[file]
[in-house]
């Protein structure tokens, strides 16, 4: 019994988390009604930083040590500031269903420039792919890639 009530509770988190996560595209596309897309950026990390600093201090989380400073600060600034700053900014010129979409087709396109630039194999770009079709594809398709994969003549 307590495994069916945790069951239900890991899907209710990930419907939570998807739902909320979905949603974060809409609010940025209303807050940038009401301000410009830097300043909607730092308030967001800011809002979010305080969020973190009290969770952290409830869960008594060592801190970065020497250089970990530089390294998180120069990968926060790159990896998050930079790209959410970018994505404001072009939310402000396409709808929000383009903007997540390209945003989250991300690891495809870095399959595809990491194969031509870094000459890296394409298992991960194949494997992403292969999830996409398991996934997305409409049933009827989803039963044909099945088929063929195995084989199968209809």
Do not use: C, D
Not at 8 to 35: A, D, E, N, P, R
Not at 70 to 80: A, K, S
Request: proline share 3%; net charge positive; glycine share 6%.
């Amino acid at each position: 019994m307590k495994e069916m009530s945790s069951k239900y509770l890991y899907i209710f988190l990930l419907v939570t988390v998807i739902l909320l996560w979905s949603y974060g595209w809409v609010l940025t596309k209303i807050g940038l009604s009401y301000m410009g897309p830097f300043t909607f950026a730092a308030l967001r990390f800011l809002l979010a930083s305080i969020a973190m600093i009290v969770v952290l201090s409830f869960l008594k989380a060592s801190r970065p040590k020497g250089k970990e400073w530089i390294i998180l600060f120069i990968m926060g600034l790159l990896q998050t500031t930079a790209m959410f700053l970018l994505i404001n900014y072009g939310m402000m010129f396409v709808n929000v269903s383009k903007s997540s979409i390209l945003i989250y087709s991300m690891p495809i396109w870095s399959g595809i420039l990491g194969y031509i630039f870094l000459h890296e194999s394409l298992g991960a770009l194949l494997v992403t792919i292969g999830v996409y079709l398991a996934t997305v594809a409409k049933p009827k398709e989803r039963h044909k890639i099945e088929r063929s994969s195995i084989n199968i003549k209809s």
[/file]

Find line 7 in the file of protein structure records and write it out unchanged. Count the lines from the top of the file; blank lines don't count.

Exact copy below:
């Amino acid at each position: 019994m307590k495994e069916m009530s945790s069951k239900y509770l890991y899907i209710f988190l990930l419907v939570t988390v998807i739902l909320l996560w979905s949603y974060g595209w809409v609010l940025t596309k209303i807050g940038l009604s009401y301000m410009g897309p830097f300043t909607f950026a730092a308030l967001r990390f800011l809002l979010a930083s305080i969020a973190m600093i009290v969770v952290l201090s409830f869960l008594k989380a060592s801190r970065p040590k020497g250089k970990e400073w530089i390294i998180l600060f120069i990968m926060g600034l790159l990896q998050t500031t930079a790209m959410f700053l970018l994505i404001n900014y072009g939310m402000m010129f396409v709808n929000v269903s383009k903007s997540s979409i390209l945003i989250y087709s991300m690891p495809i396109w870095s399959g595809i420039l990491g194969y031509i630039f870094l000459h890296e194999s394409l298992g991960a770009l194949l494997v992403t792919i292969g999830v996409y079709l398991a996934t997305v594809a409409k049933p009827k398709e989803r039963h044909k890639i099945e088929r063929s994969s195995i084989n199968i003549k209809s």